When mousesports sold Nikola “NiKo” Kovac to FaZe Clan after the ELEAGUE Major, many were concerned about the team’s potential to stay near the top. Over the past few years, NiKo was the player who almost single-handedly managed to win more than a few key matches, but even with arguably the best player in the world, Mouz could never quite break into the top five teams in the world.
But once NiKo left, the organisation started the search for a new star, and it somehow found one who has the potential to rival NiKo. Robin “ropz” Kool, a young Estonian player, was brought in after proving his skills in FPL, and his impact on the team was immediate. Mouz went from struggling to make the big LAN events to easily qualifying for almost all of them. Although they haven’t quite managed to win an event just yet, they have had some solid performances on LAN and easily made it through the Major qualifier.
To see just how this crazy ride has impacted both Mouz and ropz, Slingshot’s Mike Stubbs caught up with ropz at ESL One Cologne, where the team just missed out on a top eight finish after a heartbreaking overtime loss against Cloud9.
Mike Stubbs: You just joined the team, and since you’ve come in results have improved quite a lot. So do you think that you coming in totally changed the team, or was you just the little boost that the team needed?
Robin “ropz” Kool: I mean, it was really unexpected that the team would have better results with me because the star player obviously left the team. I’d say we play a lot more tactically now, we have a lot more team play, and I guess that just gives us more results.
MS: You kind of mentioned that you’re filling some pretty big shoes in place of NiKo. Has that has that resulted in extra pressure on you, or are you just calm as you like?
RK: I think the pressure isn’t that big on me anymore, but it’s just like the really important matches where the pressure gets on me. Like the one versus Cloud9 yesterday, that wasn’t really good.
MS: Let’s talk about that match a little bit more. What were you thinking in the last few rounds? What was going through the team’s minds?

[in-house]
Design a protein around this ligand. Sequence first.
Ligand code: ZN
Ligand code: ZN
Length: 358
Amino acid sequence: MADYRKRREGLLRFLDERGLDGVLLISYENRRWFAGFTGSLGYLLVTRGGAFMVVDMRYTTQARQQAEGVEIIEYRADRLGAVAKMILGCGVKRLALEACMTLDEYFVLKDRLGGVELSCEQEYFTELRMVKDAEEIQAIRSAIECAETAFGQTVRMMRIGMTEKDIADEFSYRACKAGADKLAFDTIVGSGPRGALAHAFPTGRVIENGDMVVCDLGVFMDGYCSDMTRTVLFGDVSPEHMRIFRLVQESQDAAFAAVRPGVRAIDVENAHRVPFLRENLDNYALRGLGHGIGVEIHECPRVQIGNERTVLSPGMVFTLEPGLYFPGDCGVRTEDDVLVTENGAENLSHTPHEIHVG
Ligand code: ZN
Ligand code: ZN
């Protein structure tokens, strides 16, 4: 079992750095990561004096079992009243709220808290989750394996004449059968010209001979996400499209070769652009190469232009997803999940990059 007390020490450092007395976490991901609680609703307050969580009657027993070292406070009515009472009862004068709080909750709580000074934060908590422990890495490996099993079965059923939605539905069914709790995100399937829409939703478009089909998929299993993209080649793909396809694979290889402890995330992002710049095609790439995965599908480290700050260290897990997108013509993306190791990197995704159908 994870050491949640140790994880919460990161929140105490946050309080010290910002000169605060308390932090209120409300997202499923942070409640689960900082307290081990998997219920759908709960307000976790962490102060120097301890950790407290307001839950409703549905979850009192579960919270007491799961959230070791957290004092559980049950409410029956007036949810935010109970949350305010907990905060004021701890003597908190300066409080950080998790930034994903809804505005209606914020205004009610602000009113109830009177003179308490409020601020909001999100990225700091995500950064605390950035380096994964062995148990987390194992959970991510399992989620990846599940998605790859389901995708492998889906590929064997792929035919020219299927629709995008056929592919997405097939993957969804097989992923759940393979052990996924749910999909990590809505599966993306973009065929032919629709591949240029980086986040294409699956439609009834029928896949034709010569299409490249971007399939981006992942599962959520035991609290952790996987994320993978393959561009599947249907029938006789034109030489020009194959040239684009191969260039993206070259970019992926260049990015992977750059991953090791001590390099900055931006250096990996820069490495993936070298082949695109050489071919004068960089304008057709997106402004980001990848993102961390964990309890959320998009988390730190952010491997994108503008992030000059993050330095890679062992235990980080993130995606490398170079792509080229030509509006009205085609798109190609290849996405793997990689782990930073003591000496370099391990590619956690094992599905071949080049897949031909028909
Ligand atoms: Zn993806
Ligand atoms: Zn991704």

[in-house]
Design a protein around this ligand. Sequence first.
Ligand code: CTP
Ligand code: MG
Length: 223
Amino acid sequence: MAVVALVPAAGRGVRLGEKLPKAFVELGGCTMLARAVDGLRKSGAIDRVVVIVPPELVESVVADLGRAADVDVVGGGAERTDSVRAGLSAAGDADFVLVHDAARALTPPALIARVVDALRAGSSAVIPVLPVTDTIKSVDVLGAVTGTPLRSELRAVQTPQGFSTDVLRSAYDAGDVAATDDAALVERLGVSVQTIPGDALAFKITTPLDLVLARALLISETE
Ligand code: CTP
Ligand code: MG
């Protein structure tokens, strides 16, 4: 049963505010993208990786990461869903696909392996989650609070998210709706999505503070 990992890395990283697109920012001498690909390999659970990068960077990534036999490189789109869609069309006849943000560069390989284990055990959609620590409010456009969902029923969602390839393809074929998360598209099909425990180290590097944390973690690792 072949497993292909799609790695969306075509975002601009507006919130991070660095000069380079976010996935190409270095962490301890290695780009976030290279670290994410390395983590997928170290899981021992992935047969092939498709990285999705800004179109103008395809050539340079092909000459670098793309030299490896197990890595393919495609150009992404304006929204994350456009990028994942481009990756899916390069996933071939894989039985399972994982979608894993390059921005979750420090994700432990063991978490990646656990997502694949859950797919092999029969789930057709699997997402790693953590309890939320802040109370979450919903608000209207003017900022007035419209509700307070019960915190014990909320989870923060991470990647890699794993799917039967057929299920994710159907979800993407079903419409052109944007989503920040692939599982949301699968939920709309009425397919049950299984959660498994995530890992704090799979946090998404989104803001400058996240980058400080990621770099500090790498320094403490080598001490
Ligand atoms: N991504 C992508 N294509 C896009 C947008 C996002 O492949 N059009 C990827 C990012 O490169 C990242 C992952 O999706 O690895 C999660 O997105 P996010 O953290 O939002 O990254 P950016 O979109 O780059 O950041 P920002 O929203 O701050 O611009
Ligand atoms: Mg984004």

RK: I mean, when Oskar clutched the 1-v-4, I was pretty sure we had it at that point, but we made some really bad mistakes that cost us in the end. I mean, we had a really good chance to win the game, but it was just some crucial mistakes that we did.
MS: So I don’t know if you saw it, but ESL put out a tweet of Stewie turning to the camera and shouting, “What kind of strat was that?” that was aimed at you guys. What is your response to that? Do you have anything to say back to Stewie? What was that strat?
RK: I think it was in overtime when we had some pretty bad calls, so I guess it’s justified by him. But I think it’s good that people are having this kind of approach at the games. I really like when people just have some banter between each other. That’s good.
MS: At the Major qualifier some teams were sort of told off for getting quite loud and shouting. So I’m guessing you’re a fan of that kind of thing and that you think a team should be able to say whatever they want when they’re on stage?
RK: I mean, yeah. They should be able to do that because I think there’s a lot of hype, and the team gets a lot more energy from that. I think you can’t stop it in my opinion.
MS: So the Major is next week. What are your hopes for that? Do you realistically think you can go in and win it?
RK: I mean, regarding our recent results, I think we can make it to the Legends spots. I mean, I already got what I wanted. I wanted my own stickers, so I guess that’s really good. But I think the rest of the team really wants that Legends spots because they’ve been fighting for it for a long time now, so that’s the main goal.
MS: If you were to make it to the final of the Major, in a dream scenario, what one team would you want to face in that final?
RK: I’m not really sure. I mean, probably SK or FaZe. FaZe because they’re the best international team and probably SK because we really want to beat them. They beat us a lot in these important matches, and that’s just why we really want to get a win over them.
MS: So to talk about you before you joined Mouz, obviously you are quite well-known within the scene for being this amazing player that everyone knew was an up and coming star. Before you got the offer from Mouz, what were you thinking? Were you thinking, “Yes, I can definitely make a career out of this?” Or was you going, “Maybe if I’m lucky…”
RK: I mean, I was certain I could make a career, but it was just like, I want to complete school on the other side of the gaming, and that’s the biggest thing for me because I also get really good results in school. I could get a really good job for myself, but I also put a lot of time into this gaming stuff. So I mean, both of the things I really want to do.
MS: When you got that offer from Mouz, was your instant reaction just to say yes straight away, or were you thinking about it for a while?
RK: I was fine to say yes right away because that’s the best offer I could have got in any scenario, because there’s no other team that would have offered me which is better.
MS: So what are your plans for say in five years’ time? Do you still think that you’ll be playing Counter-Strike professionally? Do you think you’ll still be with Mouz?
RK: I don’t know as of now because as of recent, there’s also maybe some Estonian team coming up. Maybe in a few years there could be a top Estonian team. Maybe I could be with them. So just time will tell.
MS: Is that something you’d like to do? Just play on an all-Estonian team if possible?
RK: I mean, yeah, because teams that usually talk in their own language have better results. That just shows that it’s better for the team.
Cover photo by Jussi Jaaskelainen/DreamHack